Hidden pitfalls of the energy transition: a study on future Carbon Dioxide dependency

The energy transition from fossil fuels to renewable energy is in full progress. This transition is inevitable due to great dependency on fossil fuels and its consequences such as climate change and economic instability. When fossil fuels are burned they emit water, Carbon Dioxide (CO2), Nitrogen and Sulfur oxides among others. CO2 is one of the main greenhouses gasses and approximately 80% of its emissions are related to fossil fuels.

CO2 as a raw material has a great potential. The current potential CO2 uptake is 70 times lower that the emissions in 2017. However, as society moves away from fossil materials, it might be expected that more carbon based goods be produced from CO2. In Fig. 1 are mentioned some examples.


An extreme reduction of CO2 emissions might be expected. Only a few point sources independent of fossil materials would emit non-fossil CO2 as a waste stream. Fig. 2 shows the possible change in the sources of CO2.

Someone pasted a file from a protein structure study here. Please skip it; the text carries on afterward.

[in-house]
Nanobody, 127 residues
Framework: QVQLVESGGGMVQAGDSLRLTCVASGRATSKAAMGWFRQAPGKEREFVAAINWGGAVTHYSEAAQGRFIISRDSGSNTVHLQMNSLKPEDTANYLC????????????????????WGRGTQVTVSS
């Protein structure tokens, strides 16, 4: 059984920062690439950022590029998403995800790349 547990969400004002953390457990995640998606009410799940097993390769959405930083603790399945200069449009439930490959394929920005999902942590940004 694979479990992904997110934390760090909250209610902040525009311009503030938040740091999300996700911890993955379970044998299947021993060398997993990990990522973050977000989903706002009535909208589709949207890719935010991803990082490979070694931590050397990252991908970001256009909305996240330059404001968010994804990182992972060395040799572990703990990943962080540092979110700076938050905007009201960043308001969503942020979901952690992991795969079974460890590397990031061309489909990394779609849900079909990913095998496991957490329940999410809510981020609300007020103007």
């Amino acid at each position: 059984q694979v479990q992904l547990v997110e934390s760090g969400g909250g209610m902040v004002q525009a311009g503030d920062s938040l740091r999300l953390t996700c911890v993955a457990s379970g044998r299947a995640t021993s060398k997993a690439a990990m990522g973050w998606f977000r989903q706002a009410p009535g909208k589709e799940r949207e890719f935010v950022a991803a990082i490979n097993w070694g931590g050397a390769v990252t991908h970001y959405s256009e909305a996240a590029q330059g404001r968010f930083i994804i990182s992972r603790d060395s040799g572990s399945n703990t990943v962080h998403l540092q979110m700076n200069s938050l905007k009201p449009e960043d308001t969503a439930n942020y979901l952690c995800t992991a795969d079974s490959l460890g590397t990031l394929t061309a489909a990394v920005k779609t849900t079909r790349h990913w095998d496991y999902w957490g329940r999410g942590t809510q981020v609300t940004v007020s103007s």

As the energy transition evolves, it is unknown how much CO2 will be needed and if the supply will be enough. The general objective of this research is to study the hidden pitfalls for the role of CO2 in the energy transition in the years 2019, 2030, and 2050. This study will answer the next question: What could be the role of CO2 for the production of carbon based goods as the energy transition becomes stronger?

To answer this question four steps are required:

  • Case study on methanol production based on CO2 as an overview of the possibilities and opportunities of using non-fossil CO2.
  • Identify the possible applications and demand of CO2 for carbon based goods production
  • Identify and quantify the possible point sources of non-fossil CO2
  • Match the potential demand and supply of non-fossil CO2